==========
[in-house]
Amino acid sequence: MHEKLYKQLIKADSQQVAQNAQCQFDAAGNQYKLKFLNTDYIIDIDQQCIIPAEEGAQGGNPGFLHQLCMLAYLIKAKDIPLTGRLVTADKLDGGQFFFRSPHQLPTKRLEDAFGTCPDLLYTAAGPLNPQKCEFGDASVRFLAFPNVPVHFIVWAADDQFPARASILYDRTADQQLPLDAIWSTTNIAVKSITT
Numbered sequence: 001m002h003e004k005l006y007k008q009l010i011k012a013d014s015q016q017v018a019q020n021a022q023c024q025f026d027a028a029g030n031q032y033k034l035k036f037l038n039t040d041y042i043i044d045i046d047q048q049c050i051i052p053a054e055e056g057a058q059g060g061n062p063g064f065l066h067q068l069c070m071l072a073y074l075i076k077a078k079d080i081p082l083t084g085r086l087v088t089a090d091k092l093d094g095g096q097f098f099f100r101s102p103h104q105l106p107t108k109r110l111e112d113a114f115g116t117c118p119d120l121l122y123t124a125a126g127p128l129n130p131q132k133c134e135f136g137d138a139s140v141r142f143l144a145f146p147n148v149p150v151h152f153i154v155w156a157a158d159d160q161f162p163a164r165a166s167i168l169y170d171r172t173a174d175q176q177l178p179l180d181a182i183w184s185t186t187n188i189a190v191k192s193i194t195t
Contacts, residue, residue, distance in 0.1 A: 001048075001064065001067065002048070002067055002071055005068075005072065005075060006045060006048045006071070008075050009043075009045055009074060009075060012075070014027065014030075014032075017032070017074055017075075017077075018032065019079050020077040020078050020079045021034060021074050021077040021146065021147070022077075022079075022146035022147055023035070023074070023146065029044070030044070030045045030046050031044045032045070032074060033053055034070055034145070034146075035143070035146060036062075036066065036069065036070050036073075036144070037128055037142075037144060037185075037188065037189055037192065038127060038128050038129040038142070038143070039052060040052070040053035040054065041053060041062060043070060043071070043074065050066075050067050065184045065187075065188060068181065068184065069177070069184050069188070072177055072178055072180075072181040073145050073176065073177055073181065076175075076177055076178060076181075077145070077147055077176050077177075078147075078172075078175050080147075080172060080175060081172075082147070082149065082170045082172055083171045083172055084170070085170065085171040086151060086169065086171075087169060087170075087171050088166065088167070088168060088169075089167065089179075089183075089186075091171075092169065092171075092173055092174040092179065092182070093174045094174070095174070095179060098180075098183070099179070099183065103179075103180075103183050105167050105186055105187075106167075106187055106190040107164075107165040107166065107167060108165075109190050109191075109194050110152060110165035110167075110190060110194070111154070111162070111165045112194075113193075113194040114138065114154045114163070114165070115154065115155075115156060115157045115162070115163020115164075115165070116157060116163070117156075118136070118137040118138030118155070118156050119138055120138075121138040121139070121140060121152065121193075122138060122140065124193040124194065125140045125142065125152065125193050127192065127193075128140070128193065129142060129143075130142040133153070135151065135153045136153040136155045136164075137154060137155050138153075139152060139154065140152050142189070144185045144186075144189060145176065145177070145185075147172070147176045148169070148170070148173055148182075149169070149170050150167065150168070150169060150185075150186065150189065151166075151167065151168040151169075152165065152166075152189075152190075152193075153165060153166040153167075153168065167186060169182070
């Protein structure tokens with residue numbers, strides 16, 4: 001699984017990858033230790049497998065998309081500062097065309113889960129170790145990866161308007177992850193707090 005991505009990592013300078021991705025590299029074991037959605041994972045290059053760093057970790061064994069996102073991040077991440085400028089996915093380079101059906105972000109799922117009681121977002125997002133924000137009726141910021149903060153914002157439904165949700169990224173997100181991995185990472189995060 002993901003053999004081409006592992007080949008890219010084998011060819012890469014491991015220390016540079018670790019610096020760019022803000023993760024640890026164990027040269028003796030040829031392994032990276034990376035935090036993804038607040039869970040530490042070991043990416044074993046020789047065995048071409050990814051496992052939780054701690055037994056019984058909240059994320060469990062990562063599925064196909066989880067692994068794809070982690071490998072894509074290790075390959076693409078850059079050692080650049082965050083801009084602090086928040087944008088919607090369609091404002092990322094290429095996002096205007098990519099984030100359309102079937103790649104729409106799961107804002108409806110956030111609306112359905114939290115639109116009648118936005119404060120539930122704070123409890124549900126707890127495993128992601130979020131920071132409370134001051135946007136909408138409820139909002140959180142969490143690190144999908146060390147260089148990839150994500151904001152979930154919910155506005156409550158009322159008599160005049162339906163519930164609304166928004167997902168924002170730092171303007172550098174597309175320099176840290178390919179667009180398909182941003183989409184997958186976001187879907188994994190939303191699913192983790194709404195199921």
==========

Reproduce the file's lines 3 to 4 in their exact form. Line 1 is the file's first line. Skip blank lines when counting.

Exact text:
Numbered sequence: 001m002h003e004k005l006y007k008q009l010i011k012a013d014s015q016q017v018a019q020n021a022q023c024q025f026d027a028a029g030n031q032y033k034l035k036f037l038n039t040d041y042i043i044d045i046d047q048q049c050i051i052p053a054e055e056g057a058q059g060g061n062p063g064f065l066h067q068l069c070m071l072a073y074l075i076k077a078k079d080i081p082l083t084g085r086l087v088t089a090d091k092l093d094g095g096q097f098f099f100r101s102p103h104q105l106p107t108k109r110l111e112d113a114f115g116t117c118p119d120l121l122y123t124a125a126g127p128l129n130p131q132k133c134e135f136g137d138a139s140v141r142f143l144a145f146p147n148v149p150v151h152f153i154v155w156a157a158d159d160q161f162p163a164r165a166s167i168l169y170d171r172t173a174d175q176q177l178p179l180d181a182i183w184s185t186t187n188i189a190v191k192s193i194t195t
Contacts, residue, residue, distance in 0.1 A: 001048075001064065001067065002048070002067055002071055005068075005072065005075060006045060006048045006071070008075050009043075009045055009074060009075060012075070014027065014030075014032075017032070017074055017075075017077075018032065019079050020077040020078050020079045021034060021074050021077040021146065021147070022077075022079075022146035022147055023035070023074070023146065029044070030044070030045045030046050031044045032045070032074060033053055034070055034145070034146075035143070035146060036062075036066065036069065036070050036073075036144070037128055037142075037144060037185075037188065037189055037192065038127060038128050038129040038142070038143070039052060040052070040053035040054065041053060041062060043070060043071070043074065050066075050067050065184045065187075065188060068181065068184065069177070069184050069188070072177055072178055072180075072181040073145050073176065073177055073181065076175075076177055076178060076181075077145070077147055077176050077177075078147075078172075078175050080147075080172060080175060081172075082147070082149065082170045082172055083171045083172055084170070085170065085171040086151060086169065086171075087169060087170075087171050088166065088167070088168060088169075089167065089179075089183075089186075091171075092169065092171075092173055092174040092179065092182070093174045094174070095174070095179060098180075098183070099179070099183065103179075103180075103183050105167050105186055105187075106167075106187055106190040107164075107165040107166065107167060108165075109190050109191075109194050110152060110165035110167075110190060110194070111154070111162070111165045112194075113193075113194040114138065114154045114163070114165070115154065115155075115156060115157045115162070115163020115164075115165070116157060116163070117156075118136070118137040118138030118155070118156050119138055120138075121138040121139070121140060121152065121193075122138060122140065124193040124194065125140045125142065125152065125193050127192065127193075128140070128193065129142060129143075130142040133153070135151065135153045136153040136155045136164075137154060137155050138153075139152060139154065140152050142189070144185045144186075144189060145176065145177070145185075147172070147176045148169070148170070148173055148182075149169070149170050150167065150168070150169060150185075150186065150189065151166075151167065151168040151169075152165065152166075152189075152190075152193075153165060153166040153167075153168065167186060169182070